How crazy the weather has been. We had a rainy summer and a rather dry beginning to autumn, although it started raining yesterday and is supposed to continue through tomorrow.

      I hate when the rains keep the leaves from being crunchy, plus it makes them harder to rake up. I hope you get some beautiful crisp days before it’s over.

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  9. Your grandson is adorable. I like the idea him having an affinity for goats. Each of us has a gift. You sent me on a search. I’d never heard of honey berries. Have no idea what they taste like. You have accomplished quite a lot in the short time you have been there. I keep saying that next summer will be better too. This year was experimental. I’ve learned a LOT! Weather is off everywhere. I wonder if it’s too late to turn it around now. Damage done. Crazies are loose. A little scared. Have a good weekend.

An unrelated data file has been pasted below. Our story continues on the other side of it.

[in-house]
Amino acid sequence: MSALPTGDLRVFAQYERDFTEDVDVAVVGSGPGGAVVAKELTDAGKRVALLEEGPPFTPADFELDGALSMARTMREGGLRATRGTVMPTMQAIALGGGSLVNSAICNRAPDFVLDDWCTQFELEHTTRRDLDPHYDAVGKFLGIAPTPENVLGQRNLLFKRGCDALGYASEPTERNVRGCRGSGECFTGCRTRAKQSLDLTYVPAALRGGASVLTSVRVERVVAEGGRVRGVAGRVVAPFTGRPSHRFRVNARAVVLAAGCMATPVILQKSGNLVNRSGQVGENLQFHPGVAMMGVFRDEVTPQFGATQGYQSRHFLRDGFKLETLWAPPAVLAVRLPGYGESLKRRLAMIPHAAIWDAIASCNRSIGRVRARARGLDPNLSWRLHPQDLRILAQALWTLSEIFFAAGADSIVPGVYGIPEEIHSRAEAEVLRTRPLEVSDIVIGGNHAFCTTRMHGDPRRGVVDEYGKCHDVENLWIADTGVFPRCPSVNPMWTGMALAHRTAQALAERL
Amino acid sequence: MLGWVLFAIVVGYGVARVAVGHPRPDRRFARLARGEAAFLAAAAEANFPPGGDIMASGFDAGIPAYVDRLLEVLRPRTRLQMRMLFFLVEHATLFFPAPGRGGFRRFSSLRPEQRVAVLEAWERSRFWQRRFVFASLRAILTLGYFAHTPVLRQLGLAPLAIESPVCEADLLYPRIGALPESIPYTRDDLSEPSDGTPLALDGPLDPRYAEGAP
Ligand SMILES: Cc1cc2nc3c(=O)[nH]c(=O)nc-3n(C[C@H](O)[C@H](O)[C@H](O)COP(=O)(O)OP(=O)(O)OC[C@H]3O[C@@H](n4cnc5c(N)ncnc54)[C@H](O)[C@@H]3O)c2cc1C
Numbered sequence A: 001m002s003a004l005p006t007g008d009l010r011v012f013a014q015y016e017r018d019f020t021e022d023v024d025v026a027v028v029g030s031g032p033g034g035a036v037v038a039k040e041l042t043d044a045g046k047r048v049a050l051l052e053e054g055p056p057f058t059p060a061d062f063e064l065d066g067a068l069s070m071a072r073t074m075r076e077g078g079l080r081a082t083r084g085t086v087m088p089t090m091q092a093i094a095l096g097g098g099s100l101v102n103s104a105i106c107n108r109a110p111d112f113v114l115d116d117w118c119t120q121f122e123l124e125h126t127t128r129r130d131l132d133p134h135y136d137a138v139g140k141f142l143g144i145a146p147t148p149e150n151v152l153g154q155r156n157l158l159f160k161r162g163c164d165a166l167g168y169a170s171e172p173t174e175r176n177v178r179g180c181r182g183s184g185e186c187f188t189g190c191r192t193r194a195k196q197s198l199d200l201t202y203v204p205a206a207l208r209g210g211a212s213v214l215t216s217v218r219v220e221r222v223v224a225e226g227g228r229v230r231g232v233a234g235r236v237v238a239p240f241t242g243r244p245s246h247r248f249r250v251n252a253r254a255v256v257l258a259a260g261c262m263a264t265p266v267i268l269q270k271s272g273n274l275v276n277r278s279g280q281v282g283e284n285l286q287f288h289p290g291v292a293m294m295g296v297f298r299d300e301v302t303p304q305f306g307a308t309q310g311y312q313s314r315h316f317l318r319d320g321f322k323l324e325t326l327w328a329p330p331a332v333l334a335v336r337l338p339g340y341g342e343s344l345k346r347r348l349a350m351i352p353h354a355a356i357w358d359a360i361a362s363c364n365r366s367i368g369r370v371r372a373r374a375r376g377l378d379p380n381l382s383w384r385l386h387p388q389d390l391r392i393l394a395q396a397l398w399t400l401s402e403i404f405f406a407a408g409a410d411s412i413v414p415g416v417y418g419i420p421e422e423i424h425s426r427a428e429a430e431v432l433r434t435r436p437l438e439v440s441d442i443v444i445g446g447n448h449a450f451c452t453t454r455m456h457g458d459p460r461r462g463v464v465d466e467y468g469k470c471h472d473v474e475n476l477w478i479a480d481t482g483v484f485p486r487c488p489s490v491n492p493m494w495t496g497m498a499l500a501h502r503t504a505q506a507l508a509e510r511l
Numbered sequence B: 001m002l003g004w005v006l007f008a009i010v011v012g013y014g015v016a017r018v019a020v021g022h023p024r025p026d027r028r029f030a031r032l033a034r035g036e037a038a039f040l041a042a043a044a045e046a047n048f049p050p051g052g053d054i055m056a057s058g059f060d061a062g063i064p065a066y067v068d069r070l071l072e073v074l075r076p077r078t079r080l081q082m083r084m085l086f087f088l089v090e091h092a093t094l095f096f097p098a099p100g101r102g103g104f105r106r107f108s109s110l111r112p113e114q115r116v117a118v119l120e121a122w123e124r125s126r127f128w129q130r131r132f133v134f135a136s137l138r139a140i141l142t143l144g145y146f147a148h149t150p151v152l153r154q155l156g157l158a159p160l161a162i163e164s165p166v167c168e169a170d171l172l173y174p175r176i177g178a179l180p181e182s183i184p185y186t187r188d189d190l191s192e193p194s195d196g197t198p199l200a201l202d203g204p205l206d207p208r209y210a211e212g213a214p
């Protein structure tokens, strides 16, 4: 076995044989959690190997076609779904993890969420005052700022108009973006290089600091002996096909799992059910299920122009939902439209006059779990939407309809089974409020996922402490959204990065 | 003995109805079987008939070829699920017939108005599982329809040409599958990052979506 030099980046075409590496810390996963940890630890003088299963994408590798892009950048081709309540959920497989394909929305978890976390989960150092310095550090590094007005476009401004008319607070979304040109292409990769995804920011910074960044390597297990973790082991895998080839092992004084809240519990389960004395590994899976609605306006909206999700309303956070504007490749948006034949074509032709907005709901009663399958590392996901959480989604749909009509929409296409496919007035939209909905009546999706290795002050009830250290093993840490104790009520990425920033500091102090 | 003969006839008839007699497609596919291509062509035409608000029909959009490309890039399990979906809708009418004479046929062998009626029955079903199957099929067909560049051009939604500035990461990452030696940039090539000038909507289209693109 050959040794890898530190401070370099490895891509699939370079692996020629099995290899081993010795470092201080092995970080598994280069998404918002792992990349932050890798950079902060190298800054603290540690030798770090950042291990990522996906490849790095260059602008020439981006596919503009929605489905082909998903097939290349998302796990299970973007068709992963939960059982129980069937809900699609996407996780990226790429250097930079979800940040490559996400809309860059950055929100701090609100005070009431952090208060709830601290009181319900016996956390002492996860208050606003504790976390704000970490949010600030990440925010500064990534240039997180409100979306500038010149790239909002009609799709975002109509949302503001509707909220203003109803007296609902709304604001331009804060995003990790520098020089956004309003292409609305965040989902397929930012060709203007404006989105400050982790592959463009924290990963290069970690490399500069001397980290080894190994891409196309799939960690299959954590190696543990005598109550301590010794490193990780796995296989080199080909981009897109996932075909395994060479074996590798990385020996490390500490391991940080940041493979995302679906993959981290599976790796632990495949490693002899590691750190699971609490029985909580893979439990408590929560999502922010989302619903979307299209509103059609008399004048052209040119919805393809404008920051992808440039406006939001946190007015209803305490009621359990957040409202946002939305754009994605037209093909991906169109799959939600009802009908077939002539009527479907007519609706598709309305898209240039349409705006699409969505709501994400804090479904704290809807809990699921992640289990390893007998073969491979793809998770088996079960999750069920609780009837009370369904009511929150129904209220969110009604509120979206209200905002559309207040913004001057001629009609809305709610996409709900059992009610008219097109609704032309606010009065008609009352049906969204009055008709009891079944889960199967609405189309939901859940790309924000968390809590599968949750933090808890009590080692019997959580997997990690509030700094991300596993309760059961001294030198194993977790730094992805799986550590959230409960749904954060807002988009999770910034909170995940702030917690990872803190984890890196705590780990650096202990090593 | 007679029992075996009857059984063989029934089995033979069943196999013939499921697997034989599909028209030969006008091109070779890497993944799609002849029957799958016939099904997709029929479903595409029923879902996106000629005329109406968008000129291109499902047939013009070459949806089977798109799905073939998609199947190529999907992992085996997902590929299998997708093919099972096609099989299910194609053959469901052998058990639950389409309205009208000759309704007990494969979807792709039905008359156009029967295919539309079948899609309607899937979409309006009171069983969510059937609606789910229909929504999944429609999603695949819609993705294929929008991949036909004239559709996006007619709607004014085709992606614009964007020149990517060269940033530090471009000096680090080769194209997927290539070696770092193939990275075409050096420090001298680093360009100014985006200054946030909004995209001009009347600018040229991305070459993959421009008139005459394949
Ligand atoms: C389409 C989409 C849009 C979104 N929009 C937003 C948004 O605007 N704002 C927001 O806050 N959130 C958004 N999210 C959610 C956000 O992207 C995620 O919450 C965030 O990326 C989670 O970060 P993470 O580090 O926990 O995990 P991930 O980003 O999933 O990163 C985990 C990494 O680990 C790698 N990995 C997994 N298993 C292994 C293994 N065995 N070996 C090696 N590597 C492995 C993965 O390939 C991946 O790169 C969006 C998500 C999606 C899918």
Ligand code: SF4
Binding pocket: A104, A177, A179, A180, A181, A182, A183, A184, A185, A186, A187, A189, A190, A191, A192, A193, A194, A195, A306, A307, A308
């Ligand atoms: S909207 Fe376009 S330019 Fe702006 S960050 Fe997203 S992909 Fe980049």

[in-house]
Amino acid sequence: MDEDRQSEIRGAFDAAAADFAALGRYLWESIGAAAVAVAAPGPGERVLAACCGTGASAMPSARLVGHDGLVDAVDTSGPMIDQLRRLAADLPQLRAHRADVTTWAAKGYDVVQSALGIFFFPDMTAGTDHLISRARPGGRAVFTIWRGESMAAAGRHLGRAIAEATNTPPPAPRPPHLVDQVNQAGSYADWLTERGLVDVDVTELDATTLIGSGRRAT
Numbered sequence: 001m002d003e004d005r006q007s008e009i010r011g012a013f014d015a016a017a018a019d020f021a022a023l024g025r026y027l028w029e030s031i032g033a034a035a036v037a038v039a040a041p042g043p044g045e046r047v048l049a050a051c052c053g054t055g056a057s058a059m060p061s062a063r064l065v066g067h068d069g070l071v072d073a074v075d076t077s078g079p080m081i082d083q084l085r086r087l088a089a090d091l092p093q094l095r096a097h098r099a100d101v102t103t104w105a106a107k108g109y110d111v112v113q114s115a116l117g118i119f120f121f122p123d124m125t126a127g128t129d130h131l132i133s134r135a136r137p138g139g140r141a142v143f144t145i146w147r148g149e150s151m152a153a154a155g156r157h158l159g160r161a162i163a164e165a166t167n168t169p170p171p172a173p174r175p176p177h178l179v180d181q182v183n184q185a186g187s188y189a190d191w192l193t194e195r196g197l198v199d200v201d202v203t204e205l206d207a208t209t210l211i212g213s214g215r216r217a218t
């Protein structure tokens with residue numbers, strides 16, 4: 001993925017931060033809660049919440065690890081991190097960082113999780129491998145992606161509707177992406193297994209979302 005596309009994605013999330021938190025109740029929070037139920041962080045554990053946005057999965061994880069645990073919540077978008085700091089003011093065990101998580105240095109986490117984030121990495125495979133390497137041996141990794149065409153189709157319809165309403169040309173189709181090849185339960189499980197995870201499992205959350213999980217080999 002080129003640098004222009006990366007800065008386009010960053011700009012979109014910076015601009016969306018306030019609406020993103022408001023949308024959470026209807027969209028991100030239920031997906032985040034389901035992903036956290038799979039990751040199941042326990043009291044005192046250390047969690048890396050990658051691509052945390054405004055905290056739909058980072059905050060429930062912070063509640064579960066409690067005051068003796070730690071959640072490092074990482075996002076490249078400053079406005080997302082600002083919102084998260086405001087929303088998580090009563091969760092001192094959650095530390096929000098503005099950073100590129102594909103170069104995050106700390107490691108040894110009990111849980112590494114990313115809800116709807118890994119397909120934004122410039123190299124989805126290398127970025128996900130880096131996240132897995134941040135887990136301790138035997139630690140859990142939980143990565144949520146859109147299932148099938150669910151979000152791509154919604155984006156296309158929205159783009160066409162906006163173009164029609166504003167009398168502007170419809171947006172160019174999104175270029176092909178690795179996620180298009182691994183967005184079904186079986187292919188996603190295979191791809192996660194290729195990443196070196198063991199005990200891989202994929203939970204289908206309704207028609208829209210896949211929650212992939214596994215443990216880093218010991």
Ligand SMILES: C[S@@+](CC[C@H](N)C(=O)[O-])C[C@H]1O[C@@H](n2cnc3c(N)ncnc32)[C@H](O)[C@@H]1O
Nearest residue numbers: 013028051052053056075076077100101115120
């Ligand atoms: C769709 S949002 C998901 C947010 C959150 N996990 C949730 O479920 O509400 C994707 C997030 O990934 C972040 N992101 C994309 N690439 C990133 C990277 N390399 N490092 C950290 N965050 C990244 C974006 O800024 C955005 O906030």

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    • Thank you, Marlene, I think he’s darn cute too. 🙂

      The honeyberries were suggested to me by a reader who lives in Canada. I’d never heard of them but being that I want to have mostly perennials and plenty of unusual foods that can’t be found in the stores it was a perfect addition. I still plan to use my property, when it’s all planted as a place to teach children about food and give them experiences to try new foods.

      As for turning things around, I believe we are too late. As a result, I am experimenting with ways to grow in both wet and dry seasons, using hugelkultur to extend the growing season etc and will pass that information on to my kids and any one else who is trying to provide for themselves.

      And yes the crazies are loose and I’m scared as well.